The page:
45 minutes from Las Vegas, a lawless mine that once teemed with profitable gold and silver lays dormant in the scorching Nevada sun. Teachatticup Mine was once one of the hottest spots in the gold rush of the 1800s. Spanish explorers who encountered the canyon where Teachatticup is located in the late 1700s named it Eldorado, because they believed that the precious gold that they discovered in the region rivaled anything a mythical city of untold wealth may contain.
In the mid-1800s, Union and Confederate soldiers seeking to escape from the horrors of the Civil War drifted west and began to filter into mining camps. Many miners who sought to profit from the gold rush were grizzled men with troubled pasts. The harsh desert climate—with its high temperatures and miles of infertile dust—offered anonymity and an escape from civilized society. It is not surprising that a popular mine like Teachatticup with rich veins of gold and silver devolved into one of the most dangerous spots in the Wild West. A team of disgruntled miners converged on Teachatticup and attempted to claim it as their own. A series of bloody murders failed to settle the question of who rightfully owned the Teachatticup Mine. The murder rate escalated to the point where local law enforcement found it hopeless to intervene and allowed the vagabonds of Teachatticup to settle their scores among themselves.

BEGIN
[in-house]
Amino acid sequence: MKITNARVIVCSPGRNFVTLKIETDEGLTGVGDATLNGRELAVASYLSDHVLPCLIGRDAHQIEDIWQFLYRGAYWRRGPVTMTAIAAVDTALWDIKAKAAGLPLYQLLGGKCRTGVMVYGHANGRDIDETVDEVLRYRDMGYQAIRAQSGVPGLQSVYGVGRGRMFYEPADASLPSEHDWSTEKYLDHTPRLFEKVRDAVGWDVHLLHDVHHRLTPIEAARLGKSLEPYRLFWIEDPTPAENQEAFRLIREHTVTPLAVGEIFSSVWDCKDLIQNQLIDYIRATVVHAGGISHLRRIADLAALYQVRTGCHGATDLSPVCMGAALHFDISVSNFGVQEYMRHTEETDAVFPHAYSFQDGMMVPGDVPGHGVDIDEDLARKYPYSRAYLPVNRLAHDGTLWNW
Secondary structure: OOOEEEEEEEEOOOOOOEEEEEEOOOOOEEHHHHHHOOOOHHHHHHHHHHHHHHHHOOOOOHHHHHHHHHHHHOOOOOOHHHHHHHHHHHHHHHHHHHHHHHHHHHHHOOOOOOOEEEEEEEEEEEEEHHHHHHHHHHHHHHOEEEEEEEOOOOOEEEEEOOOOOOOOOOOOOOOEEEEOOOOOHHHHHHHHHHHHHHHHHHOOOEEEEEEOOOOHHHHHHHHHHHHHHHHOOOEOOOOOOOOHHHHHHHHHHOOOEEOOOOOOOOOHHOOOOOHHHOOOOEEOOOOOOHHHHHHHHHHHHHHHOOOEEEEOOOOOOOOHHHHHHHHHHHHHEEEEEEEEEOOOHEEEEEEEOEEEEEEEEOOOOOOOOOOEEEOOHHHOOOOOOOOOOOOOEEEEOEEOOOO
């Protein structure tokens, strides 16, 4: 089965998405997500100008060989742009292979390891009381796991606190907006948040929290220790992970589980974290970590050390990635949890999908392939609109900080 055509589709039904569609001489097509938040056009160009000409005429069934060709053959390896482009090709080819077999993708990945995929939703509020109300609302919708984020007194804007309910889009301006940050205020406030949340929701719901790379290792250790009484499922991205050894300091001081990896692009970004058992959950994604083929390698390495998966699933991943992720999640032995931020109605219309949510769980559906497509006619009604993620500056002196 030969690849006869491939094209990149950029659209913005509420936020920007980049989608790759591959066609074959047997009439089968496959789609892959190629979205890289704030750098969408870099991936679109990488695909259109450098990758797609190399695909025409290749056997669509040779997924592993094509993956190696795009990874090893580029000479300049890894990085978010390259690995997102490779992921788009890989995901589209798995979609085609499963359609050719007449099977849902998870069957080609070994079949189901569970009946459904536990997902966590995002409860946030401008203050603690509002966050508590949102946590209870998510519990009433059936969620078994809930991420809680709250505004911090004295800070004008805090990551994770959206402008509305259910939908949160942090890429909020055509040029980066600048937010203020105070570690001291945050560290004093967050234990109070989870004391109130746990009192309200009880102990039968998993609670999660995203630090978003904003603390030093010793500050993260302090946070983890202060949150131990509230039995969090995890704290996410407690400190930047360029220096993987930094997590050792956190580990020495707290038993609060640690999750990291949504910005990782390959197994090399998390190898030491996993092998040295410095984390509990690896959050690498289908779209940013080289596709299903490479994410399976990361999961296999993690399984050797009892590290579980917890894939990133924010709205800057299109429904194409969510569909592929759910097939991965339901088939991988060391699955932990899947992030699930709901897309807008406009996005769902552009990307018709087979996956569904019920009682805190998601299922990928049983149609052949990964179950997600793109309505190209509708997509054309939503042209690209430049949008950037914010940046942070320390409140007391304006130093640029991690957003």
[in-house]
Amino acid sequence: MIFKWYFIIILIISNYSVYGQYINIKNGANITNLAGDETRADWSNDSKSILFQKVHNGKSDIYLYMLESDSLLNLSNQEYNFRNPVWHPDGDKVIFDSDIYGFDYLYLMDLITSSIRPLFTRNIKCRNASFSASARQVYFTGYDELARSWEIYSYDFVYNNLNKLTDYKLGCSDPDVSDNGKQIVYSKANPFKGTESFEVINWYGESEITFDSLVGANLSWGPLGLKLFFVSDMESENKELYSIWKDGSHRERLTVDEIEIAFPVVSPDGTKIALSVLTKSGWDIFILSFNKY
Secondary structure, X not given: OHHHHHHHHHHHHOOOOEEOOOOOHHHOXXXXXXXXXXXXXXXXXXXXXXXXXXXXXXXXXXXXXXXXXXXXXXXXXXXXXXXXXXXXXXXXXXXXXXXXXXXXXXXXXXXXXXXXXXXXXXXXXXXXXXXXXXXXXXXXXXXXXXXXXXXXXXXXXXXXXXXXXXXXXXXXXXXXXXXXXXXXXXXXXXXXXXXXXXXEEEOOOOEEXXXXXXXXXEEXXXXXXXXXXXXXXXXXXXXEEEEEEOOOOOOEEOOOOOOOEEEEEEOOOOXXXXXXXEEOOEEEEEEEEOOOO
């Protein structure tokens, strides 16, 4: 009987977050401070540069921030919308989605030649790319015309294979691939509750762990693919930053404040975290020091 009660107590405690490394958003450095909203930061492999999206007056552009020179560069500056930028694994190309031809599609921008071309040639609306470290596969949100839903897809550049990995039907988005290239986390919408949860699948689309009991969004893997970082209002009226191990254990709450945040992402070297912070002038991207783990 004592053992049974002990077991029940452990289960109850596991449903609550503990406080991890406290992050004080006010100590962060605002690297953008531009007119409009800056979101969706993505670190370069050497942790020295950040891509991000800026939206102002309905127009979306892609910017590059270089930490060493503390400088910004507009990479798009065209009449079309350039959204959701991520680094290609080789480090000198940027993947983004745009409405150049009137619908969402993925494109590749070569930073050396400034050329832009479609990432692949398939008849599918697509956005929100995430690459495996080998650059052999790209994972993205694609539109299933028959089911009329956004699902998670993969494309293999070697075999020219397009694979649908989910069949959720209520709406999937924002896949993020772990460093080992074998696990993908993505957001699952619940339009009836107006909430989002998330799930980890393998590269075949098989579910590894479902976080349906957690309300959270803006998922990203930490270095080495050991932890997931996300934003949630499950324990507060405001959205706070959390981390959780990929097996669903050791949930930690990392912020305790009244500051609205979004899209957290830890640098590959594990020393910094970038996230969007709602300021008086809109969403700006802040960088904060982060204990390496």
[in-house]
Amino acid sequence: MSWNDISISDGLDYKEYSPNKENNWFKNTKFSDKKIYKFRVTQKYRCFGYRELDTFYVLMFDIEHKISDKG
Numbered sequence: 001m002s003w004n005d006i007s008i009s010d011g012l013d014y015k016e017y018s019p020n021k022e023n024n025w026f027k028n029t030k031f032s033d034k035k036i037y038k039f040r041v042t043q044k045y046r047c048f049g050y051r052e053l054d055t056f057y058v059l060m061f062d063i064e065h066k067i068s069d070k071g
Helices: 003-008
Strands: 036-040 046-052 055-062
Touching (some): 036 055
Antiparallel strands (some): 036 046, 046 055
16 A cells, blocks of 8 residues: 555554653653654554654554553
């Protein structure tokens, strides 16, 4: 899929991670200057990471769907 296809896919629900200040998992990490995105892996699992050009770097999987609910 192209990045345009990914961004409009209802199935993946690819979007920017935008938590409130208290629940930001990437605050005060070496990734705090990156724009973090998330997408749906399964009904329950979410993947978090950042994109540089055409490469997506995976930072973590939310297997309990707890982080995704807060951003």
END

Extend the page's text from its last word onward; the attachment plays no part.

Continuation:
Today, the Teachtticup Mine is a sleepy tourist destination in the quiet town of Nelson, Nevada. The Werly family is working hard to restore the Teachatticup Mine to its former glory—minus the lawlessness and bloodshed. The Werlys love showing off newly renovated mining tunnels that they helped excavate with their own hands. Untapped veins of silver and gold that were abandoned after the gold rush bottomed out shimmer in the sun. There are no plans to resume mining operations any time soon. The most exciting thing that happens at Teachatticup these days is a pretend explosion that is an outtake from a scene from a movie that is using the legendary mine as a backdrop. If you feel a cold chill on the back of your neck when you’re deep in a dark Teachatticup Mine tunnel on a guided tour, there’s a good chance you’re in the presence of a disgruntled miner who still has a score to settle. The outer reaches of the desert are populated by many vengeful ghosts.